The National, Monday July 29th, 2013
THE United Nations High Commissioner for Refugees has issued a scathing assessment of Australia’s plans to send all asylum seekers who arrive by boat to Papua New Guinea.
Prime Minister Kevin Rudd and PNG Prime Minister Peter O’Neill announced the deal 10 days ago, under which PNG would process asylum seekers who come to Australia and resettle those found to be refugees.
While PNG’s Cabinet was told that the Manus Island detention centre could eventually house 3,000 asylum seekers, Rudd stressed it would be open-ended.
A week after the announcement, the UNHCR issued a statement saying it was “troubled” by the current arrangements on Manus Island and Labor’s proposal raised “very significant policy, legal and operational challenges”.
“UNHCR is troubled by the current absence of adequate protection standards and safeguards for asylum seekers and refugees in Papua New Guinea,” the agency said.
“Australia’s regional resettlement arrangement (RRA) with the Government of PNG raises serious, and so far unanswered, protection questions.
“UNHCR’s assessment, based on recent visits to PNG, is that there are currently significant shortcomings in the legal framework for receiving and processing asylum-seekers from Australia. These include a lack of national capacity and expertise in processing, and poor physical conditions within open-ended detention settings.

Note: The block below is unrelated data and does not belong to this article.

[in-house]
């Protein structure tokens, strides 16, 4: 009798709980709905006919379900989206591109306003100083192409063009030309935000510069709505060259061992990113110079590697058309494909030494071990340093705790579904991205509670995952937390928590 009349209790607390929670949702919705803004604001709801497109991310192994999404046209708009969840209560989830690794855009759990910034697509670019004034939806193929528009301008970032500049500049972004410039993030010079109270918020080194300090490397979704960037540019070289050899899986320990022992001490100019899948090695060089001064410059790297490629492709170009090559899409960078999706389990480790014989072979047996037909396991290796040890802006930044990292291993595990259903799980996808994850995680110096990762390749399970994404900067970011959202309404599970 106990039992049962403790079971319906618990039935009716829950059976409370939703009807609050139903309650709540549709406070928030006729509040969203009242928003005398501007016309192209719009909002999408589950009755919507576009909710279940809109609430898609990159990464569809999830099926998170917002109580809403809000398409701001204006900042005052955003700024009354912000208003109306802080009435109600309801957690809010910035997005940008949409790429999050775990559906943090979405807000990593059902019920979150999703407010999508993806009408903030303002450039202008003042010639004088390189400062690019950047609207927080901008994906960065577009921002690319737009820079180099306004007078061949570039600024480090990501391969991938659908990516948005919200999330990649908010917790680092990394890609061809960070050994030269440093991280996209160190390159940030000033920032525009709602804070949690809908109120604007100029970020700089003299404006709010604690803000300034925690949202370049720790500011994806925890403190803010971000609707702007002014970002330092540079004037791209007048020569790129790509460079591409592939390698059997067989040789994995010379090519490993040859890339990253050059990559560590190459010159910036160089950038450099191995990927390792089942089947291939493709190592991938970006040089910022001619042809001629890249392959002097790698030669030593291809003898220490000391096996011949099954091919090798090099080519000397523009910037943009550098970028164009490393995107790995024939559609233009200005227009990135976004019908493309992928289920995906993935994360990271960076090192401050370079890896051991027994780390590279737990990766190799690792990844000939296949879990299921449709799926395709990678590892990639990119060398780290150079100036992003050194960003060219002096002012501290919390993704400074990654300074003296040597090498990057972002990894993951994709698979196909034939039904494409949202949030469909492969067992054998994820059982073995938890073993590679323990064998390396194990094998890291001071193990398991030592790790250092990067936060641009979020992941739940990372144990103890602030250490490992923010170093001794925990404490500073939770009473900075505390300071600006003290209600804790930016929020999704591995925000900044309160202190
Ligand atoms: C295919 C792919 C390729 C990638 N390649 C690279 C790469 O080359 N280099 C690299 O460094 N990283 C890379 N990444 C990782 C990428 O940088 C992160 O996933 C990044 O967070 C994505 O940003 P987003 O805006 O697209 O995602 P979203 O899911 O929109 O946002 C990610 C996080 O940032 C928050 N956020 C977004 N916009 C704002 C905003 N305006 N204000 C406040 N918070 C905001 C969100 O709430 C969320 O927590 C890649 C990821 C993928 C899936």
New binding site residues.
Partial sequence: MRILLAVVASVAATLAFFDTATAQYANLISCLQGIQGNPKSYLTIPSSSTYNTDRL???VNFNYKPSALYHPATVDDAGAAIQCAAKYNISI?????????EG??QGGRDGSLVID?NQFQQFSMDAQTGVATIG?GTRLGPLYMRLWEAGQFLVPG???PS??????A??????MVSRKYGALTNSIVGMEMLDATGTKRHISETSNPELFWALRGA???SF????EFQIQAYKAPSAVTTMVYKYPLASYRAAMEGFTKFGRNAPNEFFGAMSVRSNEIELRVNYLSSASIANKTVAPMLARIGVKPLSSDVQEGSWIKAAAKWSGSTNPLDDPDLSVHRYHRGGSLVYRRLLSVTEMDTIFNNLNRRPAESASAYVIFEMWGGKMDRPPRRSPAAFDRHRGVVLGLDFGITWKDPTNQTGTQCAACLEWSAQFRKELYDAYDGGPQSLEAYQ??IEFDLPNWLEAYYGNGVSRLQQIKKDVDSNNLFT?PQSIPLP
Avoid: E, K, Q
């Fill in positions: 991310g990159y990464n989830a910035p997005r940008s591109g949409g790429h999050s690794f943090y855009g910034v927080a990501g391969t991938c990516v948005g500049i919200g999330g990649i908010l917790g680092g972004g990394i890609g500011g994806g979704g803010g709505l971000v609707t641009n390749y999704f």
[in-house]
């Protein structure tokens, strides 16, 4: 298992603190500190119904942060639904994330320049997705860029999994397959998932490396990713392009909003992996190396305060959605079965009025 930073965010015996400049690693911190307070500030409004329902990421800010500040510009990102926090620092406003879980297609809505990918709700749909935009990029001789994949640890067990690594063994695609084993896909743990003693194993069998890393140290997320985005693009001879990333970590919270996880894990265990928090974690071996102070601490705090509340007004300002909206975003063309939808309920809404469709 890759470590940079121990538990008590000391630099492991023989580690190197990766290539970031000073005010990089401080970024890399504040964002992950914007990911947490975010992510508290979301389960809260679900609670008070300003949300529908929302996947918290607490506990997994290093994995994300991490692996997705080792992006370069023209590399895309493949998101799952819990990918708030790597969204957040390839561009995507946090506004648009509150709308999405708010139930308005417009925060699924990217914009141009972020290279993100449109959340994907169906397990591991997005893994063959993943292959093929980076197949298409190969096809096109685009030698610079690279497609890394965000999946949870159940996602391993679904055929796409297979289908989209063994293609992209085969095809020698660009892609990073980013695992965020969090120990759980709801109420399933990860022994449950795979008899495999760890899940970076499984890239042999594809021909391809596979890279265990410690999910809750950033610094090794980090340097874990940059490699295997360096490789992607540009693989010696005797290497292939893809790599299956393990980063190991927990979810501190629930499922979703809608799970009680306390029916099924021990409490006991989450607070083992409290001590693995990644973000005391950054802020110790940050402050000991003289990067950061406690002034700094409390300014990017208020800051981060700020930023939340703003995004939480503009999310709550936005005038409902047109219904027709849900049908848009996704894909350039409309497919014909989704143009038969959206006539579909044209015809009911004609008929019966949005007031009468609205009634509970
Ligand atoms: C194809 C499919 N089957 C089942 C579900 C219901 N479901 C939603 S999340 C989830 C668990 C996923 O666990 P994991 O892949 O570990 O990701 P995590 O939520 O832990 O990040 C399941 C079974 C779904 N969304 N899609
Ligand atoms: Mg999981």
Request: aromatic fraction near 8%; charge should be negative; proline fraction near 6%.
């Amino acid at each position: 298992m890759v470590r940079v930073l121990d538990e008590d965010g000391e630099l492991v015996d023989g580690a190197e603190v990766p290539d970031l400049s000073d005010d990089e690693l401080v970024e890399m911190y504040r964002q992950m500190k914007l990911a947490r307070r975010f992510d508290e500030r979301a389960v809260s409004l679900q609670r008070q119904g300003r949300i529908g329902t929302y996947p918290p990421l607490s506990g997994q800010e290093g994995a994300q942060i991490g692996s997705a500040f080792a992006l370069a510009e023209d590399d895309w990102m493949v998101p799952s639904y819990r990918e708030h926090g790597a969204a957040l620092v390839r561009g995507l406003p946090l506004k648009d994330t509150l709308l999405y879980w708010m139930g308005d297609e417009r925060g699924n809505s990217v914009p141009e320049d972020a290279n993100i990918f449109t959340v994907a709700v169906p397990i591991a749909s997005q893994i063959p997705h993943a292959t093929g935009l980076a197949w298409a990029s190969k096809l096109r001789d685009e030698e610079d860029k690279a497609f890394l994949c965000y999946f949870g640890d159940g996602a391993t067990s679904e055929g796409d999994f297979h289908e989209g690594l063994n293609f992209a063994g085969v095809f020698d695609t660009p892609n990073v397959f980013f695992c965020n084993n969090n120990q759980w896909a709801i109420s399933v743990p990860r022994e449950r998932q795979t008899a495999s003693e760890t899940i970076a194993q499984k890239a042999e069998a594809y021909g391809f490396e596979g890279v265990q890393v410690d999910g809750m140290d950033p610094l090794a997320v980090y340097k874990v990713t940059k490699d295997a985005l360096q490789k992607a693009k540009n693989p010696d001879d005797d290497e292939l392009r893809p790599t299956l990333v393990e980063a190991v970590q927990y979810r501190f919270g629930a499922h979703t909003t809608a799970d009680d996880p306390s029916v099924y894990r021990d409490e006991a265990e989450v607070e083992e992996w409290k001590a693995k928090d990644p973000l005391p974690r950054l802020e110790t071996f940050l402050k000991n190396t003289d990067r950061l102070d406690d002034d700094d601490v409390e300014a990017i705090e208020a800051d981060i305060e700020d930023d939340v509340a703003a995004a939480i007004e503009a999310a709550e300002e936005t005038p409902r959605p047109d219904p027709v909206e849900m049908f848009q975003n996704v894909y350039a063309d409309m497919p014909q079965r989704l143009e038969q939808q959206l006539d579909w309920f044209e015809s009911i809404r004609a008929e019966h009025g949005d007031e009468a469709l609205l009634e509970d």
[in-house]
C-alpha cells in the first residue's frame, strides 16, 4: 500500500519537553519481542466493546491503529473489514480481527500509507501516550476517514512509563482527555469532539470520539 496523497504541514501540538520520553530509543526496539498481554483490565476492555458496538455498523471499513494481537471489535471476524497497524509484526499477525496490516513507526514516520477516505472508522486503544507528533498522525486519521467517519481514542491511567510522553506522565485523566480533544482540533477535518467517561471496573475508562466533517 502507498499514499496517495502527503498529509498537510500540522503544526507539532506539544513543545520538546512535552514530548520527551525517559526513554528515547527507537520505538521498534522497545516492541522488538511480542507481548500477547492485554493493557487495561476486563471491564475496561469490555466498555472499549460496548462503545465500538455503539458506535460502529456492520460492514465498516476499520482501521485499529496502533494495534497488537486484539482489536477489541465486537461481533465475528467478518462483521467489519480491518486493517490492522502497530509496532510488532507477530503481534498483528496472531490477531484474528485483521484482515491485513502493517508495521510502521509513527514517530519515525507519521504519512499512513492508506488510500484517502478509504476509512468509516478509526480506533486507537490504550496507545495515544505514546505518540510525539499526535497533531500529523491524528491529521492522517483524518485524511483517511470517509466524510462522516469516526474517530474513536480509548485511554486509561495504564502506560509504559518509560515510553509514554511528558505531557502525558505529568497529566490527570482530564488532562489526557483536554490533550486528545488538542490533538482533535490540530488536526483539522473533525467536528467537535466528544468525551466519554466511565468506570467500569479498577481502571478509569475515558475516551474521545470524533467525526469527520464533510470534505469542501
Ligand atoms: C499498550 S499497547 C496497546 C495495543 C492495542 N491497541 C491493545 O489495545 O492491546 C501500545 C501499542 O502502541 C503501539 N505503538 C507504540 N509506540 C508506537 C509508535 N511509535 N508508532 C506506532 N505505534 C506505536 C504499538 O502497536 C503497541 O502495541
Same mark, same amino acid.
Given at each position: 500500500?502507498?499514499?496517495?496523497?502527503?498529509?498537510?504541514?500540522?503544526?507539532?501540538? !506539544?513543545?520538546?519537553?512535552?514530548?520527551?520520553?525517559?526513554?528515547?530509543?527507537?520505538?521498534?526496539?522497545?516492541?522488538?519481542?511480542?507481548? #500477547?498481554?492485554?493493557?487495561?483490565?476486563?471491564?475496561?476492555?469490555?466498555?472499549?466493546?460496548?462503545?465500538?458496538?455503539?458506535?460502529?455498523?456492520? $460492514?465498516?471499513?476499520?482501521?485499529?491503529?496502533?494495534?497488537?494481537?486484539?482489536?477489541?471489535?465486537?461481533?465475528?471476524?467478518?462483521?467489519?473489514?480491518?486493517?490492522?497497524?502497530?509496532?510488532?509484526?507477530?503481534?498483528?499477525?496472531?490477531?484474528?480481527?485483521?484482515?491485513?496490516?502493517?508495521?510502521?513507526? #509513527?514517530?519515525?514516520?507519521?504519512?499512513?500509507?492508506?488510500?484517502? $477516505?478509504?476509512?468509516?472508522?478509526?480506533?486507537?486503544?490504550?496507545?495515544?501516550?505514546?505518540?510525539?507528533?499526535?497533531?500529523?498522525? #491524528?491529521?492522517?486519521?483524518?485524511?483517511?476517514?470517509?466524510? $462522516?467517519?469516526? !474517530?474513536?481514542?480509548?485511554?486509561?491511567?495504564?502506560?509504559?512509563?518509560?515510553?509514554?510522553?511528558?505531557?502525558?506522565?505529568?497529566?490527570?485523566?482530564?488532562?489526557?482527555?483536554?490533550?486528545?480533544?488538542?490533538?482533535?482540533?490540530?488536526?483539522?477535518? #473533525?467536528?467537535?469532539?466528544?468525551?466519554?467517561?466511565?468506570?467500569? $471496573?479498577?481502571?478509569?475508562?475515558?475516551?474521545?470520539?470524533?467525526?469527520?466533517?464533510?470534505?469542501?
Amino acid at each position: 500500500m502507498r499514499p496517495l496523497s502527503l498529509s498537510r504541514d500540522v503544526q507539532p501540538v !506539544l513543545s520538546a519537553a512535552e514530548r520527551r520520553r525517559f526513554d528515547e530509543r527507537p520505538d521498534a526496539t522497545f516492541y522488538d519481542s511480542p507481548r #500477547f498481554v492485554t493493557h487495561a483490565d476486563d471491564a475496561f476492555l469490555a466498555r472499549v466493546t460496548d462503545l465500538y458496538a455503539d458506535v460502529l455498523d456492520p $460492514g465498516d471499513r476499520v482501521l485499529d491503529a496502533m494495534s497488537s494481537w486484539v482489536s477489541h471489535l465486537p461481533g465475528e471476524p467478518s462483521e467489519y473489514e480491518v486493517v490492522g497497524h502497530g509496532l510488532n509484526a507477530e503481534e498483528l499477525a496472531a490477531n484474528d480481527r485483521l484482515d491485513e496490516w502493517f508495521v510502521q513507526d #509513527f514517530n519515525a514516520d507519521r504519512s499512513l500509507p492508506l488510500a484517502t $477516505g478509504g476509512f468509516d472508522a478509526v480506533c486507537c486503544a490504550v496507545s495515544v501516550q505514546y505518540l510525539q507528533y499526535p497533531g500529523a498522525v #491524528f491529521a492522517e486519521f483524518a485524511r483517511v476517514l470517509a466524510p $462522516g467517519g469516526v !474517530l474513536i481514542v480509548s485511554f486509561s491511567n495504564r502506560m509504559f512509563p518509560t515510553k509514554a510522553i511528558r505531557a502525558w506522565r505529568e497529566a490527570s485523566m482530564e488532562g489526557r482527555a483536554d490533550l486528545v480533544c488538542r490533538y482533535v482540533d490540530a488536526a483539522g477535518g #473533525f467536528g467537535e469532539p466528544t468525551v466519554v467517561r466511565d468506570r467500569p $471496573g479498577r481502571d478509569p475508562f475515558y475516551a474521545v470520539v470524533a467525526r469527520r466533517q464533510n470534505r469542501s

“While UNHCR understands that a number of these issues are being addressed, it is concerned at the prospect of further transfers taking place under the new RRA in the absence of appropriate protection guarantees and to what will remain temporary facilities on Manus Island for the foreseeable future.”’
The agency said asylum seekers sent to PNG would face “formidable challenges” integrating with PNG life.
“From UNHCR’s firsthand experience in supporting Melanesian and non-Melanesian refugees for nearly 30 years, it is clear that sustainable integration of non-Melanesian refugees in the socio-economic and cultural life of PNG will raise formidable challenges and protection questions.”
It said it shared the government’s concerns about the risks to life associated with dangerous sea journeys.
“As a principle, UNHCR always advocates for countries for protection.”